The Complexity of the Self-Help Book Genre

The Rewired Soul
Apr 3, 2020 · 9 min read
Photo by Min An at Pexels.com

I’m a huge book nerd and average about 10 to 15 books per month. I pretty much limit my reading to nonfiction, but more specifically, I read books on psychology, philosophy, mental health, and everything in that realm. Something I’ve noticed is that a specific sub-genre of self-help books has given the entire genre of self-help books a bad name. The reality is that self-help books can assist you with improving your mental health and overall well-being, but you need to learn about the complex nuances of the genre.

There are just some words like “self-help” that are these umbrella terms, and I don’t like it. For example, I worked at a rehab for a little over three years, and I’d always hear about someone overdosing. Whenever I hear the word overdose, I’m put in the terribly awkward position of having to ask if they survived. Overdose can mean they died, but many times they overdosed and were revived thanks to medications like Narcan. I wish we had more words for overdose, and I wish self-help had more words to explain the differences within the genre.

Here, I’ll do my best to break down the two primary categories I’ve seen from the hundreds of books I’ve read to hopefully give you some insight into the variety in this niche so you can find some books that might help you out while avoiding some of the pure nonsense books.

Note: All of the links are affiliate links, so if you decide to check out any of these books and use my link, it helps support my work. I greatly appreciate it.

Gurus Ruined the Genre

I’ll call this first of two sub-genres the “non-scientific self-help” category.

The Gurus

Over 50 years later, things got much worse. A woman by the name of Rhonda Byrne came out with The Secret. This book promoted the Law of Attraction and matching your “frequency” with things you want to manifest it into your life. Want money? Manifest it. Want a better job? Match your frequency to it. Want a new car, TV, mansion or anything else?!…you get the point.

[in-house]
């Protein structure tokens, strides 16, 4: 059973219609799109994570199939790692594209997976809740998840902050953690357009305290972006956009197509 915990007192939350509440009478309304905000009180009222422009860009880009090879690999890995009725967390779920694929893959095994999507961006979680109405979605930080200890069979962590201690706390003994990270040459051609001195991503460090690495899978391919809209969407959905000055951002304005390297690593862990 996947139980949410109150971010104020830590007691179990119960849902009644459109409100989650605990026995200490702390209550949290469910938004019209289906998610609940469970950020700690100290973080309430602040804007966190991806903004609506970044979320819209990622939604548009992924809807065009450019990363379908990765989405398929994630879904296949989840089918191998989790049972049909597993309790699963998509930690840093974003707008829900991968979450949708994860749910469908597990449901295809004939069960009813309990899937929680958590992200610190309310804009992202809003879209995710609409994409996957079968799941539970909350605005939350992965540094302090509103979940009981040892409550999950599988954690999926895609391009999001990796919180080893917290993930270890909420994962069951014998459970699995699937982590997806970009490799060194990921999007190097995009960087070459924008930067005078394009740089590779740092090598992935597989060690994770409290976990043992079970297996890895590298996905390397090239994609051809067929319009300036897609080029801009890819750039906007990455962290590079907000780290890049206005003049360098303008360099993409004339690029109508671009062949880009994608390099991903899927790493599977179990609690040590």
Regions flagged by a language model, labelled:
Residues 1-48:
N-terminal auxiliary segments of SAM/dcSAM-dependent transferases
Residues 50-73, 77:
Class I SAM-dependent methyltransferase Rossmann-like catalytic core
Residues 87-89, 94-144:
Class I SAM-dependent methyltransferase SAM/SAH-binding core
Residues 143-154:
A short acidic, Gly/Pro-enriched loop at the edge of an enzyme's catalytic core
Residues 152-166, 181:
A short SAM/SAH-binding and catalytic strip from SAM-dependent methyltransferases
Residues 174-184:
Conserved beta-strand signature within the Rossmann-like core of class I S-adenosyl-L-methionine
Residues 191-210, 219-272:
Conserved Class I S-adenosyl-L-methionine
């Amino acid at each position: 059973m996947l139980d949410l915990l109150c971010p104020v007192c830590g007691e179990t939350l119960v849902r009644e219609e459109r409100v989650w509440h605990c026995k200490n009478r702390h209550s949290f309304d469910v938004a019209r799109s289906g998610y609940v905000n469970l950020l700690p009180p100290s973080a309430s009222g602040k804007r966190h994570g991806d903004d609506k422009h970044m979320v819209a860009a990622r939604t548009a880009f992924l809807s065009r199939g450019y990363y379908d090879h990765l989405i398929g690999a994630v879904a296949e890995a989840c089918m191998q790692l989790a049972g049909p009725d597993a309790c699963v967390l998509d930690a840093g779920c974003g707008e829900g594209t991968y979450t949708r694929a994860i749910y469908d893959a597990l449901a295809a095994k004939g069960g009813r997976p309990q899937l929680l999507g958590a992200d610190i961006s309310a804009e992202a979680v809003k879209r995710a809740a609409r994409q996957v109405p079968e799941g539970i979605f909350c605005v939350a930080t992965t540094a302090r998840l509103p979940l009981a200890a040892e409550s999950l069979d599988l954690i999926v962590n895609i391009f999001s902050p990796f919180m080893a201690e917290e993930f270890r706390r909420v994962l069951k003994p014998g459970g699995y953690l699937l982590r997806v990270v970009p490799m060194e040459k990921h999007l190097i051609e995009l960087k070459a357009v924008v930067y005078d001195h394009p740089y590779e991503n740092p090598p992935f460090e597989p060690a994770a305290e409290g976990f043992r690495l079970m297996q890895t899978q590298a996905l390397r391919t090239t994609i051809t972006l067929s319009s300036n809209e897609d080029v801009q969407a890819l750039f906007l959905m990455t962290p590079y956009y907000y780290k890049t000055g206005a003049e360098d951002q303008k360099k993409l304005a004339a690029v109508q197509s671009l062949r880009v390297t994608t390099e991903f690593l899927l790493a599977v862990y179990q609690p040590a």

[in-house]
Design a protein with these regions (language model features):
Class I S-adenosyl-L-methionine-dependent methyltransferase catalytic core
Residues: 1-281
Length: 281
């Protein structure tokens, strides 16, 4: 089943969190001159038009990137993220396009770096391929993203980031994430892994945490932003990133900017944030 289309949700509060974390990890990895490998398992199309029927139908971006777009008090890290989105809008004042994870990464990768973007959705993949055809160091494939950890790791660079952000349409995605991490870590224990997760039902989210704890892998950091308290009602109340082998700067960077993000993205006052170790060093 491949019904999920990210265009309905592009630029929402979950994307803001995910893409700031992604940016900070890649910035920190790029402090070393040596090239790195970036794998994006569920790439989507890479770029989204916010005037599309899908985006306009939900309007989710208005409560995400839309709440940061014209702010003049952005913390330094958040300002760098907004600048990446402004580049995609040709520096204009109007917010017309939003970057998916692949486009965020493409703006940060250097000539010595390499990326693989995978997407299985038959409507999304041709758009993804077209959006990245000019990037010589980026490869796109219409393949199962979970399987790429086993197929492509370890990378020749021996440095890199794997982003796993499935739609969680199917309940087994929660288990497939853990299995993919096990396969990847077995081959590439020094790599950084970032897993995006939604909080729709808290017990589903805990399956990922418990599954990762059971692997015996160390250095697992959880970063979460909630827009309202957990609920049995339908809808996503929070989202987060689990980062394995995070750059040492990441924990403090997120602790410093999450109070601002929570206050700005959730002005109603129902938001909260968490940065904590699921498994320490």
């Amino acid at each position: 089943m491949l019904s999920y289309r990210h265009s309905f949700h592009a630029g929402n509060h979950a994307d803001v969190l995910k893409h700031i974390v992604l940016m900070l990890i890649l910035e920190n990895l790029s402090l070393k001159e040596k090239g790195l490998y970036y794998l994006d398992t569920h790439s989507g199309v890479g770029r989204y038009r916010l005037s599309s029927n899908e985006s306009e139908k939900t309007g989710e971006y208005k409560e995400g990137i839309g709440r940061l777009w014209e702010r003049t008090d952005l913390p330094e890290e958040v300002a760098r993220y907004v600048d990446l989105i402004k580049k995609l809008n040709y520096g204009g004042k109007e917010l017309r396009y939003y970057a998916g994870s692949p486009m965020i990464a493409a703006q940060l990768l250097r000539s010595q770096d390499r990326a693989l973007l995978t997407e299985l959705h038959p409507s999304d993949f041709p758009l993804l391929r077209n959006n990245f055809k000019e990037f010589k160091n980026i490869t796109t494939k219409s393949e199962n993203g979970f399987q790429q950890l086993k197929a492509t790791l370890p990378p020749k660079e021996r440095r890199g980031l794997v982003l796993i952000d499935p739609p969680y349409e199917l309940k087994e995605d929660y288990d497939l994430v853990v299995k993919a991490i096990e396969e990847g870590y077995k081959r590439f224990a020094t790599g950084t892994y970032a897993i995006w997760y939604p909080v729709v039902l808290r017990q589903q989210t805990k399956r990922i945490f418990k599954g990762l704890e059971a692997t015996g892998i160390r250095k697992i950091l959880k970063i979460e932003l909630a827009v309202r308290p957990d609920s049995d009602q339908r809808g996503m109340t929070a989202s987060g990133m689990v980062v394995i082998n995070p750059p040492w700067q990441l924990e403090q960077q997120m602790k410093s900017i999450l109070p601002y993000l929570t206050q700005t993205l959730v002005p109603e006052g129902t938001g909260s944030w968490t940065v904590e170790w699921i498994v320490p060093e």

Not only is this absolute nonsense, and Byrne made millions from it, but Oprah Winfrey endorsed it. Oprah’s endorsement is what every author dreams of, and I find it highly irresponsible to promote a book like this. Byrne’s website even has blank checks you can print out to fill in and “manifest” money.

More recently, a woman by the name of Jen Sincero wrote You Are a Badass: How to Stop Doubting Your Greatness and Start Living an Awesome Life. While I wouldn’t read The Secret if you paid me, I actually read Sincero’s book and debated putting it in the next category. It’s a great book if you’re looking for inspiration and motivation, but about 10 to 15 percent of the book dives into the Law of Attraction, manifestation and frequency nonsense.

The problem with these books isn’t just the lack of science, but it’s the message they send out. “If you didn’t get what you want, it’s your fault. You weren’t manifesting properly,” they say. The reality is that these books are unfalsifiable. You can’t disprove these people because if it didn’t work, it’s not the program’s fault, it’s yours. From an atheist’s perspective, it’s the whole religion issue. If something good happens, it was God. If something bad happens or you don’t get what you want or need, it wasn’t in God’s plan. They have a weak explanation for everything.

Motivation and Inspiration

What we really need at certain points is for someone to remind us that we have the choice of whether we decide to actively work on improving our lives, and that’s where the motivational and inspirational books come in. Some books I’d put in this category include the following:

Unf*ck Yourself by Gary John Bishop

The Subtle Art of Not Giving a F*ck by Mark Manson

The Obstacle is the Way by Ryan Holiday

Crush It or Crushing It by Gary Vaynerchuk if you’re an aspiring entrepreneur.

Now, I’d argue that there is some science rooted in these books, but the authors don’t realize it. Some of them reference some psychological studies to drive a point home, and others are rooted in stoic philosophy. If you’re knowledgable of various evidence-based therapeutic techniques, you can see where some of the advice they give is practical and useful. What separates these from the guru nonsense is they give you actions you can take to improve your life without waiting for the universe to hand you something on a silver platter.

Scientific Self-Help

Since getting sober 7.5 years ago, it’s been my life’s work to help people not only overcome their addiction to drugs or alcohol but to help people with their mental health. When I got sober, I was broke and had no insurance. Rehab wasn’t an option. For years, I stayed broke with no insurance, so therapy or seeing a psychologist wasn’t an option either.